Superb Bay of Fundy Salmon at the Roadhouse

Thanks to the folks at Foley Fish

By Ari Weinzweig

We’ve been buying fish from the Foley family to broil, grill, and sauté at the Roadhouse every week since we first opened the restaurant’s doors back in September 2003. Then, and now, Foley Fish has been some of the best of the best. As Michael Foley, the grandson of the founder, writes in his history of his family and their now 116-year-old fish business, Swimming Upstream, “We have always had an absolute standard quality, not a relative one. ‘Best available’ or ‘good enough’ have never been good enough.”

The Foley family story.

The Foley family fish story, as Mike tells it, starts not on a ship, but in a field in the center of Ireland. I’m not sure which of Manchán Magan’s “thirty-two words” would best describe it, but Mike says it was a “small subsistence, family farm in Attykitt, a hamlet of no more than 30 families, in [County] Tipperary.” Mike Foley’s grandfather, Michel Francis Foley, came to the U.S. at the age of 16, all the way back in 1898 to work in his older brother’s Boston fish business. By 1906, Michael Francis was opening his own fish retail market. He envisioned Foley’s being by far the cleanest fish market in Boston. He had his staff hose everything down and clean every hour to maintain standards and developed a way to double wrap the fish in more costly papers (instead of newsprint) to protect customers’ clothes on their way home. Today, the Foley folks are still just as diligent about the quality of their fish, and they’re also at the forefront of promoting sustainability in the seafood world. Foley is as picky about who they sell to as what they sell; I feel honored to be one of their accounts. Literally everything we get from them is excellent. As Frank Foley, Michael’s dad, who I met many years ago on a visit to Boston, said, “Foley’s gimmick is quality. … Quality comes before everything. It’s the reason why profit is always the bottom line of a profit and loss statement—it comes after quality.” 

About the Bay of Fundy

The Bay of Fundy itself is an amazing place. Off the east coast of Canada, tucked into the Canadian Maritimes between New Brunswick, Nova Scotia and the east coast of Maine, it was recently named one of the “Seven Wonders of North America.” Its remarkable tidal range of about 50 feet is the highest in the world (the average is just over three!) Better water movement makes for healthier farmed salmon. The region has been inhabited by the Mi’kmaq people for many centuries, long before Europeans arrived, for whom salmon was an essential part of everyday eating. The Bay of Fundy salmon has always been exceptionally delicious. Rob Romeo from Foley’s says, “We regularly do a cook/taste test on salmon from all over and the Bay of Fundy always stands out as the best.” What makes this particular fish so good?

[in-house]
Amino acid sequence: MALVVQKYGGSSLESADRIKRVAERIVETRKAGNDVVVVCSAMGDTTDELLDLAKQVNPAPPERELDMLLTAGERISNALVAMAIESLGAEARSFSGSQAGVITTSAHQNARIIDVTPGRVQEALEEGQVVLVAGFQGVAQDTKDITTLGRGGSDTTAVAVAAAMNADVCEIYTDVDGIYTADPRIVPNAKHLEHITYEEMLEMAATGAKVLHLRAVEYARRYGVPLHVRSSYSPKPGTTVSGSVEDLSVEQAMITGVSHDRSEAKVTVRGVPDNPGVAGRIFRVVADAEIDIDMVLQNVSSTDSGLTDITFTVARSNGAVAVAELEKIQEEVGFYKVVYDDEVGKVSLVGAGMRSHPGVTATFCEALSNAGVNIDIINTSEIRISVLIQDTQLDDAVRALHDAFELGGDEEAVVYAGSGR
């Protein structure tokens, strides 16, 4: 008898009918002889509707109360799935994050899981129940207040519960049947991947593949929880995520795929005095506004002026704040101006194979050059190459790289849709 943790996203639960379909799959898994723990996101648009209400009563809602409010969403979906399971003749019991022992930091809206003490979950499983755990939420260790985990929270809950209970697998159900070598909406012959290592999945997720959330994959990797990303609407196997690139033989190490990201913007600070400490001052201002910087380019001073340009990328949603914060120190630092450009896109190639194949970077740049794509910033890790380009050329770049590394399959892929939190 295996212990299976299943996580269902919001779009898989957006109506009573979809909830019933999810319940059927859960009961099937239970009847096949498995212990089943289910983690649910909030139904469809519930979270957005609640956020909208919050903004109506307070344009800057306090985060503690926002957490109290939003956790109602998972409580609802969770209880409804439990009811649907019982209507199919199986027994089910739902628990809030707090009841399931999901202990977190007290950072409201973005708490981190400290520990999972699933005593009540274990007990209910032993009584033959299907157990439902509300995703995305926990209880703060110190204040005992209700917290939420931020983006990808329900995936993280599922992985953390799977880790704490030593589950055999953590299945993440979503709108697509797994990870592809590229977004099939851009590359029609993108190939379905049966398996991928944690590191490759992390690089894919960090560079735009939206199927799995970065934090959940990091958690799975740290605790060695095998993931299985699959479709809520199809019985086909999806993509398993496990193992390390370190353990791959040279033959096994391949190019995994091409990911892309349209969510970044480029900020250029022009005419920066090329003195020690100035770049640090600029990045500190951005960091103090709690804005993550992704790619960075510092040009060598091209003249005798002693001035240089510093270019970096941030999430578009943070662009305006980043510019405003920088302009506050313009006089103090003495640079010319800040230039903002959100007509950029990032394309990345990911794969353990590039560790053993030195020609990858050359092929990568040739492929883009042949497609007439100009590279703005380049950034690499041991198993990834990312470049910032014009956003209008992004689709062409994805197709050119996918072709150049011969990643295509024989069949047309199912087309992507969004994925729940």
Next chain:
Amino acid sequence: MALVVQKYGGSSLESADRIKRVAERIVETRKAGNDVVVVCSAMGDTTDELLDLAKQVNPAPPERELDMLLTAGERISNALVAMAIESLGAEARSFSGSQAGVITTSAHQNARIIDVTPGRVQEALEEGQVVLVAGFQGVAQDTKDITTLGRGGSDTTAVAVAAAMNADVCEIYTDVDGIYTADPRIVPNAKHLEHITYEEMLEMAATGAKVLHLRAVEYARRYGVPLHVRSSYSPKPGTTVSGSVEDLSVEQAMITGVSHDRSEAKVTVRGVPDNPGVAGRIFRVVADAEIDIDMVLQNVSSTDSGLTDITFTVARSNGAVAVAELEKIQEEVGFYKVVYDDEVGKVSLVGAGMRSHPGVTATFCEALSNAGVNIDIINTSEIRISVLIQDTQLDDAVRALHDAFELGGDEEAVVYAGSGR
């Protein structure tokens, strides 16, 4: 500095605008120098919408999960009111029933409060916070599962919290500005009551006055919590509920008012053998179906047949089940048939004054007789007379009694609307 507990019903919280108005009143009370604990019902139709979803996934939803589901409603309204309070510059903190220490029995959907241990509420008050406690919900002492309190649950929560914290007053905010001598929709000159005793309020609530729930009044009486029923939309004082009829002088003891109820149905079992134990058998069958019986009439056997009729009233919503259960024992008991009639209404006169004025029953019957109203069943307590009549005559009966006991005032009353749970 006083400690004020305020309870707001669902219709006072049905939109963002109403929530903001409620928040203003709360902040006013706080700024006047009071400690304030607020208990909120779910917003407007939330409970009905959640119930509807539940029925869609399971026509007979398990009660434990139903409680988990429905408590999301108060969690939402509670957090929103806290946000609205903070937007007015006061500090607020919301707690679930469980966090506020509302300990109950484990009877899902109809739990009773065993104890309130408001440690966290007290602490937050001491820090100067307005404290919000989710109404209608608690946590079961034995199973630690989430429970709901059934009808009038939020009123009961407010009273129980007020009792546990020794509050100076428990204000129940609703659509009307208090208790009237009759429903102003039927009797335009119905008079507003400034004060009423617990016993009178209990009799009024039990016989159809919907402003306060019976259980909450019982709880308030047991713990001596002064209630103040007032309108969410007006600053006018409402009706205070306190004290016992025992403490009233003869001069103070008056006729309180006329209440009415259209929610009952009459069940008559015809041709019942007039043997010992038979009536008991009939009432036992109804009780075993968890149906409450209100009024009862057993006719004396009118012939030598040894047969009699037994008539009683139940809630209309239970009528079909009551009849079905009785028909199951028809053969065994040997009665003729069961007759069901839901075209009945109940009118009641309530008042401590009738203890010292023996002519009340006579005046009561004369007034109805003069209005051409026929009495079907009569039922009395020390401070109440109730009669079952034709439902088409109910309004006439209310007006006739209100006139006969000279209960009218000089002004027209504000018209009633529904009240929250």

1. Time out of the water—the Bay of Fundy salmon gets to Foley’s within 30 hours, and to the Roadhouse the following day! (Most salmon, often coming from Chile, Norway, or New Zealand, is 48-130 hours old before it even gets to the distributor, and it can still take a couple more days to get to a store or restaurant.)

2. The quality of the feed—this makes an enormous difference between one farmed salmon and another. For Foley’s Bay of Fundy salmon, no chemicals are used, and wild herring is added to boost both flavor and fat content, making for a tenderer texture. 

3. The fish are farmed at 20 to 30 percent less density, meaning there’s more room to move, better muscle development, and ultimately, better flavor.

4. A century of good work by the folks at Foley’s, who say, “We have been working with this product and farm for decades, they know our quality standards. … We expect the best and if any of the fish is below our quality checks, we simply send it back.”

Why our salmon is so good.

At the Roadhouse we buy whole, 12- to 15-pound salmon, and butcher them regularly in the back kitchen. Because it’s been on the menu for so long, I have, I confess, taken the Bay of Fundy salmon a bit for granted. But lately, I’ve found myself in the prep kitchen when there happened to be a few extra pieces of cooked salmon leftover. One was simply broiled with nothing more than salt and pepper. I tried it. It was terrific. Clean finish. Complex, lovely. The other piece had been ordered with blackening spice, but, at the last minute, the guest changed their mind so the salmon wasn’t sent out. It too was outstanding—the contrast of the spices with the delicate richness of the fish were a beautiful combo. Swing by the Roadhouse soon and order some of the Bay of Fundy salmon. Great for lunch or dinner, or added to a green salad, it will likely brighten your day in a big way. I know it did mine!